It’s irresistible, this word which comes to the lips of my admirers. You embrace me for my beauty, while simultaneously categorizing and labeling it, making sure I know, I’m not the standard, the default, I stand out from the crowd of my community, my gender, my race. It’s not easy, but I try. Or not, because I don’t need anything to augment this shit, I woke up like this! You’re reminding me of something I already know, I don’t belong…but in a good way! To my evolutionary instincts it means I can be picked off from the herd. Am identifiable, describable, a list of mix-matched characteristics, blending together to equal an Other. I know I’m supposed to be beautiful because I’m exotic, but can’t I be beautiful because I’m a beautiful human?

Clearly what I’m really trying to say is, thank you for calling me exotic, you’ve made me feel so welcome in yo-, I mean our country.

In the Sky, They Are Lineless by Sara McGuirk

(after Ronaldo V. Wilson)

I say: Crayola & you think color
(Association) & I wonder how much
We associate with color—tie to—attribute,
Collect (like bottlecaps in our knapsacks),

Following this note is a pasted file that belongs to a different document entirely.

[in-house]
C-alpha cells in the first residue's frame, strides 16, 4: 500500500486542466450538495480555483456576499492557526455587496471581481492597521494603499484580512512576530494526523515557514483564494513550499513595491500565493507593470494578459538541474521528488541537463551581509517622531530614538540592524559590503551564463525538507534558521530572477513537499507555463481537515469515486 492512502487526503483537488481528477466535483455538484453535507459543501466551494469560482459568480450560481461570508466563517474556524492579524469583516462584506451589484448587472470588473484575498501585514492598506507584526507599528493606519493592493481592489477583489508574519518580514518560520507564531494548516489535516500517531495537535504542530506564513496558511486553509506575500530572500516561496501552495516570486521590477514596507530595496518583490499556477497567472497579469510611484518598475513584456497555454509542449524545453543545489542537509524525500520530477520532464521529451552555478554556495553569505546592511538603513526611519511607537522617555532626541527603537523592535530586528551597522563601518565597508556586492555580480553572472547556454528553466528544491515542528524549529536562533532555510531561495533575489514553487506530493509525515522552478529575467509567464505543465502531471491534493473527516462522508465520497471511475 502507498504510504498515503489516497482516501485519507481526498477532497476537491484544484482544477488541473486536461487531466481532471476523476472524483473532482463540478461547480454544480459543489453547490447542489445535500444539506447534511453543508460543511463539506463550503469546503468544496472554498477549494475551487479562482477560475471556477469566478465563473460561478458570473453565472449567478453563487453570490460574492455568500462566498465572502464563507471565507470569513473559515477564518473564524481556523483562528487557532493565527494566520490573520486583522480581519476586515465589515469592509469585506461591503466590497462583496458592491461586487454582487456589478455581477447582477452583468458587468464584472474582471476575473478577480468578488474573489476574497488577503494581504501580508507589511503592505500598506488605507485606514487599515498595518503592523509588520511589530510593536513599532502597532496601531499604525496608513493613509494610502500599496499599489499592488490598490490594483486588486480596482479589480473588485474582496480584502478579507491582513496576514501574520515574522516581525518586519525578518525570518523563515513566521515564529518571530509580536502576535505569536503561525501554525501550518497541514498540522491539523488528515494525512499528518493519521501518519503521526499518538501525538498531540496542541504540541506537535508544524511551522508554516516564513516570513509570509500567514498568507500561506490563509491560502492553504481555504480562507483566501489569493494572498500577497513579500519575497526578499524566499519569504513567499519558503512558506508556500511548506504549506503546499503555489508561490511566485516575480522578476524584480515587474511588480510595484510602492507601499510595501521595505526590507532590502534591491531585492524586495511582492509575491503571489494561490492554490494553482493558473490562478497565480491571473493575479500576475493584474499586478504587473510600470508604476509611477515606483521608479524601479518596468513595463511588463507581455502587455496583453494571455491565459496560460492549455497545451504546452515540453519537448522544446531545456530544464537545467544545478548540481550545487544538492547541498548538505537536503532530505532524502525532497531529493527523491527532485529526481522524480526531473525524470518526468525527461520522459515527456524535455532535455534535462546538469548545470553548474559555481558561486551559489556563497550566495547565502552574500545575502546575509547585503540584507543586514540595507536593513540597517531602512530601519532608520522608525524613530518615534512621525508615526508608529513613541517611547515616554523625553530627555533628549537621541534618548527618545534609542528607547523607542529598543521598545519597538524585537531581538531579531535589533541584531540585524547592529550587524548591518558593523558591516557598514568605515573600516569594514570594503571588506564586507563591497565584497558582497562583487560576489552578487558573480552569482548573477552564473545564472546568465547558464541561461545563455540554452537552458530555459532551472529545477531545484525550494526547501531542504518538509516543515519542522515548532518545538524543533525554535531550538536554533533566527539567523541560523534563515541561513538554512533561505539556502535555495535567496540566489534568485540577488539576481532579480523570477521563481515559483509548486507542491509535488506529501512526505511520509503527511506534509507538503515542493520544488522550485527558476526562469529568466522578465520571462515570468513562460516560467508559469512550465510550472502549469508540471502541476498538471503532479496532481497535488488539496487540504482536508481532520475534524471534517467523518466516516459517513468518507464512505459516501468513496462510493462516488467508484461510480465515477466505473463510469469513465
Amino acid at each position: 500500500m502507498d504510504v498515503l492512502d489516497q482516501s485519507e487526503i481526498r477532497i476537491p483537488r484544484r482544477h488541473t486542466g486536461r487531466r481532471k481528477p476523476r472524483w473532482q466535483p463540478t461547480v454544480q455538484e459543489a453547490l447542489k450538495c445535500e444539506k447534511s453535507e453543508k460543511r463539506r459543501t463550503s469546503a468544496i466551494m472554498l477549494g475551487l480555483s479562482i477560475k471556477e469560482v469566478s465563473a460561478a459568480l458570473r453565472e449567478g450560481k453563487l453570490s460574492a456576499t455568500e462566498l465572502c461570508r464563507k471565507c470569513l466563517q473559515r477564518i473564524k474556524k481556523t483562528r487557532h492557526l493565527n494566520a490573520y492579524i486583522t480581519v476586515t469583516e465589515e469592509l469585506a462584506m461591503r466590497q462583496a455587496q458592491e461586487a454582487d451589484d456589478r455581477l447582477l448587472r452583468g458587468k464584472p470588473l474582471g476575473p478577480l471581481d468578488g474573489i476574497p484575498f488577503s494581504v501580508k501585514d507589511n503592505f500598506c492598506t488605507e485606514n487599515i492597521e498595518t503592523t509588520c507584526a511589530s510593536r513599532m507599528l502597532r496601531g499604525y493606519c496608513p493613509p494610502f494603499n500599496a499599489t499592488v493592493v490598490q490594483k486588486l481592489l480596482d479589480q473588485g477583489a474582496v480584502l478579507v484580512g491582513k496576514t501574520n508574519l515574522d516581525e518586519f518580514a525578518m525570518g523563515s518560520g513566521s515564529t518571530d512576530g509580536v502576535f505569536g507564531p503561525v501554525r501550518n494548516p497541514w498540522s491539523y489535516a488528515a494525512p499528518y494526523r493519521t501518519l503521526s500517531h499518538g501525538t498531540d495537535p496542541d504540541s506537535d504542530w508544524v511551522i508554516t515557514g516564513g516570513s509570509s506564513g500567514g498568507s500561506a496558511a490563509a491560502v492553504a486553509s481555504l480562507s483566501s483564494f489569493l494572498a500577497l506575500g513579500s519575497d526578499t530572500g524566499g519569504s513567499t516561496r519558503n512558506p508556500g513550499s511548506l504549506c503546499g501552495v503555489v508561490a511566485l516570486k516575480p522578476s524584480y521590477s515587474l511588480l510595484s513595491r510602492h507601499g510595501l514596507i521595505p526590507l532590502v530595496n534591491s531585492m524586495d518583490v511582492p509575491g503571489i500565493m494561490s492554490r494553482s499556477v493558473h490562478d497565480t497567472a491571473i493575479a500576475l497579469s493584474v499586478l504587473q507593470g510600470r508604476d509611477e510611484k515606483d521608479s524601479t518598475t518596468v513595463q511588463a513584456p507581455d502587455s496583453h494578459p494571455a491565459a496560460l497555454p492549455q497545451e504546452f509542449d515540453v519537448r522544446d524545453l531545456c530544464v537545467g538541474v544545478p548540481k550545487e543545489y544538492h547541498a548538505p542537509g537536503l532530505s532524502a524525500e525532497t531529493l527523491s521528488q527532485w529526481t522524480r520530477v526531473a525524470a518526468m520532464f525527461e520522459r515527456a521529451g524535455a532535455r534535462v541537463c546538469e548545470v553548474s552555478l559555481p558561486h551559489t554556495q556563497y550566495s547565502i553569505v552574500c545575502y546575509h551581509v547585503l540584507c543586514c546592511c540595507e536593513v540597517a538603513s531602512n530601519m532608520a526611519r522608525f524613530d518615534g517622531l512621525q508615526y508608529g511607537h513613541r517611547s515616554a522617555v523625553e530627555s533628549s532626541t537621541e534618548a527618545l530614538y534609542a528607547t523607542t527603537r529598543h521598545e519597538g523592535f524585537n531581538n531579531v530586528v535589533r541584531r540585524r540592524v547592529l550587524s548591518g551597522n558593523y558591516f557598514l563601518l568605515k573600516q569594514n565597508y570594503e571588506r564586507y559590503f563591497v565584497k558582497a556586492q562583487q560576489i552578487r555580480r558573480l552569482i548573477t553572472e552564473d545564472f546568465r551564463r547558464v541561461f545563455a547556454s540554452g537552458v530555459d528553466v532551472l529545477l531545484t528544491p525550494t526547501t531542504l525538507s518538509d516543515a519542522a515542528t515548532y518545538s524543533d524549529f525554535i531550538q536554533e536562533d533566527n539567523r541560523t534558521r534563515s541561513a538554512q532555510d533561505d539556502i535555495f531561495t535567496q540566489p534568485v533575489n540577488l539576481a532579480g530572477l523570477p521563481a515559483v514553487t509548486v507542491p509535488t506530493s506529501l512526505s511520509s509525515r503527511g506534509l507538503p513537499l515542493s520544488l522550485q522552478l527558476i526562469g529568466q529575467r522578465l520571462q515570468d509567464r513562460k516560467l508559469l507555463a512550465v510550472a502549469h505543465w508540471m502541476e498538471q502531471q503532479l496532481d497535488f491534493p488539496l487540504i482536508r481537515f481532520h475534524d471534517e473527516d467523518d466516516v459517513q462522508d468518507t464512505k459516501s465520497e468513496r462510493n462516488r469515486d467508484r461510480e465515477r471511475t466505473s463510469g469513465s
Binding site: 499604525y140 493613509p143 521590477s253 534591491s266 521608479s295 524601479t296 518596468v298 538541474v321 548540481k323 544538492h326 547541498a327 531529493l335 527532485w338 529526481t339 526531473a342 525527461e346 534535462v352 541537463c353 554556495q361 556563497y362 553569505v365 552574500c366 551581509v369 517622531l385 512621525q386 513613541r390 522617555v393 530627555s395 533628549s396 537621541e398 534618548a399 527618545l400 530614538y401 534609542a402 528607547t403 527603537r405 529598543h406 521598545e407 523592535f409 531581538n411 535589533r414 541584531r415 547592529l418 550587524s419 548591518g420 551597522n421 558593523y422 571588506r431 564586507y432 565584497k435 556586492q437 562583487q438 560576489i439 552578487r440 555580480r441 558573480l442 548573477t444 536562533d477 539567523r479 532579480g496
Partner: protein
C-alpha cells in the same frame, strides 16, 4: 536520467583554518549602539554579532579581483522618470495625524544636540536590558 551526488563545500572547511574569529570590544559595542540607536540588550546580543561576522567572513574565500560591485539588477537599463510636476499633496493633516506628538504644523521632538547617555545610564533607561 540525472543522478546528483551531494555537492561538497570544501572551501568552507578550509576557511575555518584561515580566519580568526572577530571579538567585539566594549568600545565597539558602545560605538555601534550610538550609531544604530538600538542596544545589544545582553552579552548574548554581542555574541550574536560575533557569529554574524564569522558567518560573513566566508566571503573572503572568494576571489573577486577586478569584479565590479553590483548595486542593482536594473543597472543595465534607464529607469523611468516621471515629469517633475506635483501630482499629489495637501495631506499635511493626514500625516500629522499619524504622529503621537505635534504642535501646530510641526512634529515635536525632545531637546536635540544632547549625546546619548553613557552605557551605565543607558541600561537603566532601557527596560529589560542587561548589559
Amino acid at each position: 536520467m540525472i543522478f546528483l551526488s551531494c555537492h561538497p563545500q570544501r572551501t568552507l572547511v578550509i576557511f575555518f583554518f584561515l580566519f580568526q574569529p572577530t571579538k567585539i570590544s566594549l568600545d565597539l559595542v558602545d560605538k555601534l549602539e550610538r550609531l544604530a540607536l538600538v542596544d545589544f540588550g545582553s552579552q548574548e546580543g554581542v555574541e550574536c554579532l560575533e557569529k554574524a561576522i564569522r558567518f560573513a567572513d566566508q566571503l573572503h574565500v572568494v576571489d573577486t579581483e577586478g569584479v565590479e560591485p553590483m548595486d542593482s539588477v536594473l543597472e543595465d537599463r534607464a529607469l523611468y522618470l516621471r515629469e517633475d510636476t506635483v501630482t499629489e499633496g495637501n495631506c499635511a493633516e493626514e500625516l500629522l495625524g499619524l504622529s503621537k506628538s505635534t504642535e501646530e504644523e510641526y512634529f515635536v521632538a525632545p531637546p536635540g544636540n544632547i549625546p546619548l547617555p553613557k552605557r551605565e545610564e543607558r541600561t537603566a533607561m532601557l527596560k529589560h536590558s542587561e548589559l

Throw at other kids at recess on the playground-grid-iron

& I consider
Color-coding, color-creaming, crinkling colored letters into
The words our children drag in
(Doorstep-dead-birds) with their dirty soap-tongue—
Words encoded by color

Case in point, in pointed pigment:
They had a color they called flesh (until 1962),
& guess
Just which shade it was,
(Just what peachy—perky & deserving shade)
Its snowflakes unstained by freckles even,
A complexion so fair—so in(politically)correct—
It’s nothing “personal,” just how they conduct their
Business

Then; in 1999,
They made a collector’s set: Crayolas infused with glitter
& I’m thinking: which
Abusive name would we use to shame the boy
Who kept those (secret) in his knapsack
—If he showed us—if he drew (unclothed) the most magnificent
Of masculine mermaidens,
(The most shameless we’ve ever seen) on this liquid, spectral, limitless beach—
How; would we snap him into wax-bit pieces?
Infringe upon his glittered drawing,
(This drifting masterpiece we
Should—instead—be flaunting
On every Mommy’s bone-bleach fridge)?
So; I want you to do just this &:
Bloom in living color—Oz it all—
Inside-outside-in (what lines?)
Let’s crack-crumble our crayons,
Our bodiless children’s finger-painted handprints
Un-white-washed by the pitiless, pesky,
Branded (brand-name) flesh (our Fisher-Priced pound of flesh),
Yelling (loud as living, lip-leavening color),
Left untouch-untortured by the name on a sliver of my color-glove,
My uncovered sleeve—no—
Color; me in love
& lovely in it all at once—a muddy gray, a grain
Of the whole col-igraphy                    (The language of the rainbow)
A (child playing with a)
Kaleidoscope                                      Wonders

At why we bother naming others—at all


Sara McGuirk is an incoming poet at the Iowa City Writer’s Workshop this year. She graduated from The University of Notre Dame with concentrations in English and Film Production. She perceives poetry as a montage of images and emotions directed by the music of language itself.